When the Chevrolet Sonic came out, the YouTube-tastic band OK Go used it in a music video in which they drove the tiny hatch through a bunch of giant instruments to play their song Needing/Wanting. Two years later, the arrival of the 2014 Chevrolet Impala has got another band in a music-making mind, but this time it's Detroit's Gentlemen Mutineers recording their song Detroit Throttle inside the "library quiet" cabin of the sedan.

We could tell you more about it, but Chevrolet tells you all you want to know in the press release below. Besides, a municipal anthem should be allowed to speak for itself, so you can watch it in the video below.



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Detroit Band Uses 2014 Impala as Recording Studio
Gentlemen Mutineers make tracks in Chevrolet's quietest full-size sedan ever


DETROIT, 2013-07-23 – Many people sing in their cars, but few sound as good doing it as Frankie Turner, lead singer of Detroit-based blues-rock band The Gentlemen Mutineers. Frankie, as his fans know him, recently sang in the 2014 Chevrolet Impala, using the full-size sedan as a "mobile studio" to record an "Impala Mix" of their party anthem "Detroit Throttle."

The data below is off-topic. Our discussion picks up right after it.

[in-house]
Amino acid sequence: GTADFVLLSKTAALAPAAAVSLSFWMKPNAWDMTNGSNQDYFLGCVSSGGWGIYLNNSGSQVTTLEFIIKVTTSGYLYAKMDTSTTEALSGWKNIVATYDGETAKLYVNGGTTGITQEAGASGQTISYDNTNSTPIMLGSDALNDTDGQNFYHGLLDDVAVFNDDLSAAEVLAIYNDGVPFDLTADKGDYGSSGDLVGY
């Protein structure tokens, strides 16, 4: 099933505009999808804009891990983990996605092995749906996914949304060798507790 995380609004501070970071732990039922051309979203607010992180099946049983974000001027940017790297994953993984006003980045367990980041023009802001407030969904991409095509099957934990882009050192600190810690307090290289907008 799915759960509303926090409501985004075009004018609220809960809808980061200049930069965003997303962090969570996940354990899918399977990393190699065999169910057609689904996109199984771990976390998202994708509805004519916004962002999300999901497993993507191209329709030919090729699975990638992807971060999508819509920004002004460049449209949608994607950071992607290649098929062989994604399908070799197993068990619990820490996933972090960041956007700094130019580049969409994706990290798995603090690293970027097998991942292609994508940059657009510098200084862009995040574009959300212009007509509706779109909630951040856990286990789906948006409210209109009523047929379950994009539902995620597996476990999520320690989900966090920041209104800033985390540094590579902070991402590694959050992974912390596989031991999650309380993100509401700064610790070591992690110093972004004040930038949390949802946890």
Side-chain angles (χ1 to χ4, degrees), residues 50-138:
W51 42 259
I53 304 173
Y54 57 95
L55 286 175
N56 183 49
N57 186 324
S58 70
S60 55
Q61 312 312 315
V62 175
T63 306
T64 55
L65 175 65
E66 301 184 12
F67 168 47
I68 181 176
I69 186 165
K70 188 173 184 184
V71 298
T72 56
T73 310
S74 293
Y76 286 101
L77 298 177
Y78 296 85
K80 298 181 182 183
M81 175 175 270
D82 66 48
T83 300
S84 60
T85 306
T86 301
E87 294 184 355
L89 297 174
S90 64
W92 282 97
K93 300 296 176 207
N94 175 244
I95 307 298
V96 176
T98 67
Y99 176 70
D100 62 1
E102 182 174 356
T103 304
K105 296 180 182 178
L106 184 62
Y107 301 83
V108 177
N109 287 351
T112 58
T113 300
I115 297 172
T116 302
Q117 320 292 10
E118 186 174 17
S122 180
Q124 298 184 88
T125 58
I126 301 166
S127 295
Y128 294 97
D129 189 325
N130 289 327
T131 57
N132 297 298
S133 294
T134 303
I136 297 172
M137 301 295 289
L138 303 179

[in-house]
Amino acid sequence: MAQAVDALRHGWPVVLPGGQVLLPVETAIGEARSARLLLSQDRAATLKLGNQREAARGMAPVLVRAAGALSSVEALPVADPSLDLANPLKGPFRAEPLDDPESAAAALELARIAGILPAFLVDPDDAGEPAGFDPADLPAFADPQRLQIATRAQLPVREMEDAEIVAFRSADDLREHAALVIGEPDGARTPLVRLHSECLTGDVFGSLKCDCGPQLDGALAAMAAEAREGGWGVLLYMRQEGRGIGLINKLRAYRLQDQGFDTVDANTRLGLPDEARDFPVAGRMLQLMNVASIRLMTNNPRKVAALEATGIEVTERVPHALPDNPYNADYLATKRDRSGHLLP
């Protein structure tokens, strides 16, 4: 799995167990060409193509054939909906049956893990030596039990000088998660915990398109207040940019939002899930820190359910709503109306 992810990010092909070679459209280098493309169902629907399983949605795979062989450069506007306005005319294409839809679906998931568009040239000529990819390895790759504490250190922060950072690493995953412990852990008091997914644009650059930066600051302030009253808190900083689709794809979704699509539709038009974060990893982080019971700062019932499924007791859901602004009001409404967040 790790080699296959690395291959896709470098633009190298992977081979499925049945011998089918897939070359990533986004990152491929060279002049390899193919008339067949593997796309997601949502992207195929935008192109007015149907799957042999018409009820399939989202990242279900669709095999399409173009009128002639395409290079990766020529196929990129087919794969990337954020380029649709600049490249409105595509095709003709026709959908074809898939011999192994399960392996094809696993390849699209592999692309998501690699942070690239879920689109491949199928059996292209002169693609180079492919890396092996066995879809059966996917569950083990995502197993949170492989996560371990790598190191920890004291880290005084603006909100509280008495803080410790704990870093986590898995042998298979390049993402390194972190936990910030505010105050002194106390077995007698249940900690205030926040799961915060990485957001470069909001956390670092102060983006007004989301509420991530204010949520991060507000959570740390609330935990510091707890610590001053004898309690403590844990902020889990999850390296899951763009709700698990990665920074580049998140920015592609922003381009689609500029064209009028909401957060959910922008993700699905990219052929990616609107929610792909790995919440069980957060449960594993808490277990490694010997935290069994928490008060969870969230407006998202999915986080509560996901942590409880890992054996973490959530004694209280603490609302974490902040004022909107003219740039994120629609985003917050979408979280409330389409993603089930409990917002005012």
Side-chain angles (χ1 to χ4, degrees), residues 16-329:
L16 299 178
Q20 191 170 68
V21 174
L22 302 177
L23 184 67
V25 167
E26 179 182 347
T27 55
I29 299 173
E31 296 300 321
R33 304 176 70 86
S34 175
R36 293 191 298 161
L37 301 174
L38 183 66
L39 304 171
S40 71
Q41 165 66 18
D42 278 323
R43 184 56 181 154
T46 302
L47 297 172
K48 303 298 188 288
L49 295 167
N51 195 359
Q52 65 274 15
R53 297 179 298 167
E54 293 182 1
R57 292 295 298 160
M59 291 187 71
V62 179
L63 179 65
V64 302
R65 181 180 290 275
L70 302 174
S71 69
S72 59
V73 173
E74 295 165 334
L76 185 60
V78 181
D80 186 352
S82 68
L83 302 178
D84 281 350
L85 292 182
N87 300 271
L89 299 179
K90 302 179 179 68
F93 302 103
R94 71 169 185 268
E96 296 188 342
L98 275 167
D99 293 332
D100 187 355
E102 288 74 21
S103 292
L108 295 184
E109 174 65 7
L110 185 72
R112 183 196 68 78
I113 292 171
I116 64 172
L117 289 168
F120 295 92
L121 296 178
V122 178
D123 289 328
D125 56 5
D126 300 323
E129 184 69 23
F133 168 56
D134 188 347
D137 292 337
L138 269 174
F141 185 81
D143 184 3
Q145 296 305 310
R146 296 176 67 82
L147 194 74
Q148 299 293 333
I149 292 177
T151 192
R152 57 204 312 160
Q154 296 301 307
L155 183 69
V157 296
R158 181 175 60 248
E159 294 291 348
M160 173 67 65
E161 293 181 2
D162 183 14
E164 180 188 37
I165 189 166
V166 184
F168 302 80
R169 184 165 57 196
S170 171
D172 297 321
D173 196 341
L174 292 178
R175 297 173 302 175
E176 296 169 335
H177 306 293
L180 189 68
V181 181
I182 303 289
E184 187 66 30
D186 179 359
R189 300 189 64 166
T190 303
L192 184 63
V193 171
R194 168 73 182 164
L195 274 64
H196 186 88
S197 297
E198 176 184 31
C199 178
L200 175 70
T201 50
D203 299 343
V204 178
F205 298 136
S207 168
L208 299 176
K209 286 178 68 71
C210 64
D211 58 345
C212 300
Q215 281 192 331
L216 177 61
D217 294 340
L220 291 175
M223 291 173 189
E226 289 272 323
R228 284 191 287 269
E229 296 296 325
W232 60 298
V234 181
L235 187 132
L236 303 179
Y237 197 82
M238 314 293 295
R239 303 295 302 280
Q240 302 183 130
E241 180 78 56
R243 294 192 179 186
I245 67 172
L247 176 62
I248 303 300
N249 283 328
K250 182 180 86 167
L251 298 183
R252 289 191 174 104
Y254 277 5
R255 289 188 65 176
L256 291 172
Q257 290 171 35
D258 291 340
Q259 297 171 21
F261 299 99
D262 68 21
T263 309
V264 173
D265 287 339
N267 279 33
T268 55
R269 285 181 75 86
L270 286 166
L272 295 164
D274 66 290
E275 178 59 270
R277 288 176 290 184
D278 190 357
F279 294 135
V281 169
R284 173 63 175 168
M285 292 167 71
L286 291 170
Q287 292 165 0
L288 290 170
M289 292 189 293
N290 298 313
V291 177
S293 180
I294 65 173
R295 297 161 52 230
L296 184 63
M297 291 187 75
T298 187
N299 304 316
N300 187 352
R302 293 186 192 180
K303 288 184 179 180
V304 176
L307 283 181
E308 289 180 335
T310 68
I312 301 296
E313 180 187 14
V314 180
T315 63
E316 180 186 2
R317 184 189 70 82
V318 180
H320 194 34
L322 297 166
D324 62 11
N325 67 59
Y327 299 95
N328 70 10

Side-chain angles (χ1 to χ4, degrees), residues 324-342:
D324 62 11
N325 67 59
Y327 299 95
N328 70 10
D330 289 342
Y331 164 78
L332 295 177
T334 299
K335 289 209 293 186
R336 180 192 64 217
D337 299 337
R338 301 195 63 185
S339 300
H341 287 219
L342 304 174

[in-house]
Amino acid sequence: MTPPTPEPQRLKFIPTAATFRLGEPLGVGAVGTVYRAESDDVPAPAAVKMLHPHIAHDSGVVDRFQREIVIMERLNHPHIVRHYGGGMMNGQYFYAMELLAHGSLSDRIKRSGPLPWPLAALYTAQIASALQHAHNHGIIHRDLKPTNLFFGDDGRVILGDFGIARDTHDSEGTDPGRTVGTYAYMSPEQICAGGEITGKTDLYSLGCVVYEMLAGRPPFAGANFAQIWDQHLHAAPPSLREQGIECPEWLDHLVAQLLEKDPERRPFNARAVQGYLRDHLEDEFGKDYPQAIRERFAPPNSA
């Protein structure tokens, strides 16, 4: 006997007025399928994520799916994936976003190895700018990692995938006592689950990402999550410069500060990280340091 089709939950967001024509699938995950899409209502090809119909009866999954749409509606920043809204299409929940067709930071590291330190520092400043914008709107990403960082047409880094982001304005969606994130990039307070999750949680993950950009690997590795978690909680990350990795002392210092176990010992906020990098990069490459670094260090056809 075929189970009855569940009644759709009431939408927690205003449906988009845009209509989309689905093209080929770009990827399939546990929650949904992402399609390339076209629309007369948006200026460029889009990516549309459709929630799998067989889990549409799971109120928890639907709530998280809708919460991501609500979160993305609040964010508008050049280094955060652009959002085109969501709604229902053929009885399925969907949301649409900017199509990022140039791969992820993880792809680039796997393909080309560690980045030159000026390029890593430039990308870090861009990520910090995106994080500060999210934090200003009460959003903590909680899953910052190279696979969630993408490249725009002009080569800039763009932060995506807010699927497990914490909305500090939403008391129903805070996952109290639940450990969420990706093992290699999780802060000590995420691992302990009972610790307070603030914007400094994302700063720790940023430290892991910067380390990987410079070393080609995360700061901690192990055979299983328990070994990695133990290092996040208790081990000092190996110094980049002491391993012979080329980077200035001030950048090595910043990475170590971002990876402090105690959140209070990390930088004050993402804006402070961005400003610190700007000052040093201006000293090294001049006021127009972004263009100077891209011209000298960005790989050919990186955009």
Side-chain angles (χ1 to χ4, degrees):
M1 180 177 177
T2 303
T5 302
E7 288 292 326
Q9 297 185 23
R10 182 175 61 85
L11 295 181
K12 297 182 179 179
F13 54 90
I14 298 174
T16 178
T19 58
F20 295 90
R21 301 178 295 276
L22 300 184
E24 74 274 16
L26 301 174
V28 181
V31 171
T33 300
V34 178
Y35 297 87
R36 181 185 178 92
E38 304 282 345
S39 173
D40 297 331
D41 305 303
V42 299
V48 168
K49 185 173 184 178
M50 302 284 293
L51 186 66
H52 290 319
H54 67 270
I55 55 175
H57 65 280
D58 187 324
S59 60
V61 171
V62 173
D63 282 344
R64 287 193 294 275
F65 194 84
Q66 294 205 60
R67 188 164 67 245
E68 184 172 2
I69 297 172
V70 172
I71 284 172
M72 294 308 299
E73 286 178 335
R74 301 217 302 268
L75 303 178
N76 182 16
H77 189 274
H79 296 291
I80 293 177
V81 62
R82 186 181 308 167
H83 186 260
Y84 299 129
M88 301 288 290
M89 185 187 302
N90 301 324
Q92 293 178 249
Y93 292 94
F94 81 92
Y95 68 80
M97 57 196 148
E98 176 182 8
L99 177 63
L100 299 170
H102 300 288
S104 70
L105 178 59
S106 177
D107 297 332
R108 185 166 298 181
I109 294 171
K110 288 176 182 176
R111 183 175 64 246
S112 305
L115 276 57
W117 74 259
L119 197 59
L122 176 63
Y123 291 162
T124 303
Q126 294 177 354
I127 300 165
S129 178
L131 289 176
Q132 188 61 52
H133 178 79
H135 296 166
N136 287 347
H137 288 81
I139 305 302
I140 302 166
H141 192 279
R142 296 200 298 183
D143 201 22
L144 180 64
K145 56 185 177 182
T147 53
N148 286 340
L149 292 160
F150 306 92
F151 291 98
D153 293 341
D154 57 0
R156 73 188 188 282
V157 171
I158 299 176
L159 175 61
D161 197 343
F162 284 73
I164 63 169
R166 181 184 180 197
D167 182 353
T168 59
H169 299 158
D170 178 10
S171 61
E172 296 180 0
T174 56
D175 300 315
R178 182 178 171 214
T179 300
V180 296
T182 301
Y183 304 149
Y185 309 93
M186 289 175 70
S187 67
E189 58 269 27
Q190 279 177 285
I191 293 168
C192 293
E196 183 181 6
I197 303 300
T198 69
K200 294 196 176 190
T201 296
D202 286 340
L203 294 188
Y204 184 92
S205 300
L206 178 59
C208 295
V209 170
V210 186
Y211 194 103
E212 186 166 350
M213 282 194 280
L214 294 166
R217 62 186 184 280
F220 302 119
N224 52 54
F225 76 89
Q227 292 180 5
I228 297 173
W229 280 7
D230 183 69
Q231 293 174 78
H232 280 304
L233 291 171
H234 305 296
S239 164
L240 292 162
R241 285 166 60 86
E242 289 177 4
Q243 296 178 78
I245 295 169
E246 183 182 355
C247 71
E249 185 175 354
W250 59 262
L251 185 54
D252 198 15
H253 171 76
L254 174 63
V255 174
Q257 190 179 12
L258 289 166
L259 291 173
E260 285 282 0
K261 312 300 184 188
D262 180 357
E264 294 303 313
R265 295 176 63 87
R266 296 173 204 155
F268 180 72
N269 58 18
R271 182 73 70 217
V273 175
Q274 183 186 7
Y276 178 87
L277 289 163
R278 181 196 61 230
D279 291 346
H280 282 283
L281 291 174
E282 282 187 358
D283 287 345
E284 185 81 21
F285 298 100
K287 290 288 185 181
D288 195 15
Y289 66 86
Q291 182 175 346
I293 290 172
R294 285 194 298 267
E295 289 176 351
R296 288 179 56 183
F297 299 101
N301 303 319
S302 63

"The Corktown wobble, the Motor City slide, some Detroit throttle with that good time vibe, we'll get in the Impala and take that ride, 'til we feel like we're 25 miles above the sky," Frankie sang while Mark Pastoria of Harmonie Park Studios recorded it onto a laptop computer. In addition to the chorus, the band also recorded harmonica and trombone tracks in the car for the song.

The bustling city sounds of Detroit Tigers' game-day traffic, construction noise and live music in the park proved practically inaudible inside the Impala, said the Grammy Award-winning audio engineer.

"I am amazed at how quiet the Impala is," Pastoria said, after playing the vocal recording through Impala's audio system. "It was important that we wouldn't hear background noise while recording, and with all that was going on outside the car, I am astounded that we couldn't hear any of it. The Impala rocks."

The new Impala is quiet by design, due in part to a technology that audiophiles know well – the active noise-cancelling technology used in high-end headphones. Active Noise Cancellation is standard on new Impalas with four-cylinder powertrains and helps make the redesigned flagship Chevrolet's quietest full-size sedan ever.

Active noise cancellation even helps owners of the new Impala save money at the pump by using three ceiling-mounted microphones to detect low frequency engine noise during idling. The frequencies are processed by an onboard computer that directs counteracting sound waves through the audio system's speakers and subwoofer.